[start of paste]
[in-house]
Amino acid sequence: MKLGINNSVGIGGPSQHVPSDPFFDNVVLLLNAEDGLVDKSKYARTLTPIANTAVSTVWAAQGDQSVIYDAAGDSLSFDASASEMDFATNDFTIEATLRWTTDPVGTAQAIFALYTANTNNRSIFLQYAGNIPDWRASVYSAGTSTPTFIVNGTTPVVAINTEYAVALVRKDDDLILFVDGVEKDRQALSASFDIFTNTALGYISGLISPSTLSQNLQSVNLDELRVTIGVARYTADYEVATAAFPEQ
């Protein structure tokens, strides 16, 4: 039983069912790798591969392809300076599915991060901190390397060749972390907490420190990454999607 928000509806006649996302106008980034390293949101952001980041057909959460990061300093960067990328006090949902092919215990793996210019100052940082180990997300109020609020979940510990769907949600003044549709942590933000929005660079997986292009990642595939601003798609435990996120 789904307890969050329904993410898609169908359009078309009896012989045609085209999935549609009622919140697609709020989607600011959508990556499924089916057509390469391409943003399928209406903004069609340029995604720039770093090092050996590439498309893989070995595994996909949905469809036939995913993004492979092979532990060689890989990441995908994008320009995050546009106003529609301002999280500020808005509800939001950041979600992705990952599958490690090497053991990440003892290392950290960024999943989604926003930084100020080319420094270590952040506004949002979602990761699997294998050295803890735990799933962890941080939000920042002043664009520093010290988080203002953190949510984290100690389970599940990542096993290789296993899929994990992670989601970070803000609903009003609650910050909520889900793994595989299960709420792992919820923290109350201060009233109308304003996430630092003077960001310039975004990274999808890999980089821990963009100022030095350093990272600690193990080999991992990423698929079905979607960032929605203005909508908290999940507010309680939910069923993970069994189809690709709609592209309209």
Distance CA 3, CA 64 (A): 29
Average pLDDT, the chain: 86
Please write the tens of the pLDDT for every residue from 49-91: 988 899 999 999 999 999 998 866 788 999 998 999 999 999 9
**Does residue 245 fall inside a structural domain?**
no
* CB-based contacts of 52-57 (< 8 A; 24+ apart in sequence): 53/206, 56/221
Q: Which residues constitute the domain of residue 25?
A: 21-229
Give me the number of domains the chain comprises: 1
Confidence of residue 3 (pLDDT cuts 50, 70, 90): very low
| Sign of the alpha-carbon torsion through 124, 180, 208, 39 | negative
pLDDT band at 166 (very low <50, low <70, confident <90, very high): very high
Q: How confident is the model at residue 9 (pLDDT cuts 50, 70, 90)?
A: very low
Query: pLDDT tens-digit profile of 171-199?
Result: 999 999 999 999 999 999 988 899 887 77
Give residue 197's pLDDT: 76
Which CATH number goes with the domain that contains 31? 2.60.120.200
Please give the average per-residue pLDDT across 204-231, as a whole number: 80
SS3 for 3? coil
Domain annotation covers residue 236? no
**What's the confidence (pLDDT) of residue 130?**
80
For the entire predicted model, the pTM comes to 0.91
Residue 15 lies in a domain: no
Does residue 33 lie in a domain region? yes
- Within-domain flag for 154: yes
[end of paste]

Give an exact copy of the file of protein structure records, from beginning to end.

[in-house]
Amino acid sequence: MKLGINNSVGIGGPSQHVPSDPFFDNVVLLLNAEDGLVDKSKYARTLTPIANTAVSTVWAAQGDQSVIYDAAGDSLSFDASASEMDFATNDFTIEATLRWTTDPVGTAQAIFALYTANTNNRSIFLQYAGNIPDWRASVYSAGTSTPTFIVNGTTPVVAINTEYAVALVRKDDDLILFVDGVEKDRQALSASFDIFTNTALGYISGLISPSTLSQNLQSVNLDELRVTIGVARYTADYEVATAAFPEQ
């Protein structure tokens, strides 16, 4: 039983069912790798591969392809300076599915991060901190390397060749972390907490420190990454999607 928000509806006649996302106008980034390293949101952001980041057909959460990061300093960067990328006090949902092919215990793996210019100052940082180990997300109020609020979940510990769907949600003044549709942590933000929005660079997986292009990642595939601003798609435990996120 789904307890969050329904993410898609169908359009078309009896012989045609085209999935549609009622919140697609709020989607600011959508990556499924089916057509390469391409943003399928209406903004069609340029995604720039770093090092050996590439498309893989070995595994996909949905469809036939995913993004492979092979532990060689890989990441995908994008320009995050546009106003529609301002999280500020808005509800939001950041979600992705990952599958490690090497053991990440003892290392950290960024999943989604926003930084100020080319420094270590952040506004949002979602990761699997294998050295803890735990799933962890941080939000920042002043664009520093010290988080203002953190949510984290100690389970599940990542096993290789296993899929994990992670989601970070803000609903009003609650910050909520889900793994595989299960709420792992919820923290109350201060009233109308304003996430630092003077960001310039975004990274999808890999980089821990963009100022030095350093990272600690193990080999991992990423698929079905979607960032929605203005909508908290999940507010309680939910069923993970069994189809690709709609592209309209």
Distance CA 3, CA 64 (A): 29
Average pLDDT, the chain: 86
Please write the tens of the pLDDT for every residue from 49-91: 988 899 999 999 999 999 998 866 788 999 998 999 999 999 9
**Does residue 245 fall inside a structural domain?**
no
* CB-based contacts of 52-57 (< 8 A; 24+ apart in sequence): 53/206, 56/221
Q: Which residues constitute the domain of residue 25?
A: 21-229
Give me the number of domains the chain comprises: 1
Confidence of residue 3 (pLDDT cuts 50, 70, 90): very low
| Sign of the alpha-carbon torsion through 124, 180, 208, 39 | negative
pLDDT band at 166 (very low <50, low <70, confident <90, very high): very high
Q: How confident is the model at residue 9 (pLDDT cuts 50, 70, 90)?
A: very low
Query: pLDDT tens-digit profile of 171-199?
Result: 999 999 999 999 999 999 988 899 887 77
Give residue 197's pLDDT: 76
Which CATH number goes with the domain that contains 31? 2.60.120.200
Please give the average per-residue pLDDT across 204-231, as a whole number: 80
SS3 for 3? coil
Domain annotation covers residue 236? no
**What's the confidence (pLDDT) of residue 130?**
80
For the entire predicted model, the pTM comes to 0.91
Residue 15 lies in a domain: no
Does residue 33 lie in a domain region? yes
- Within-domain flag for 154: yes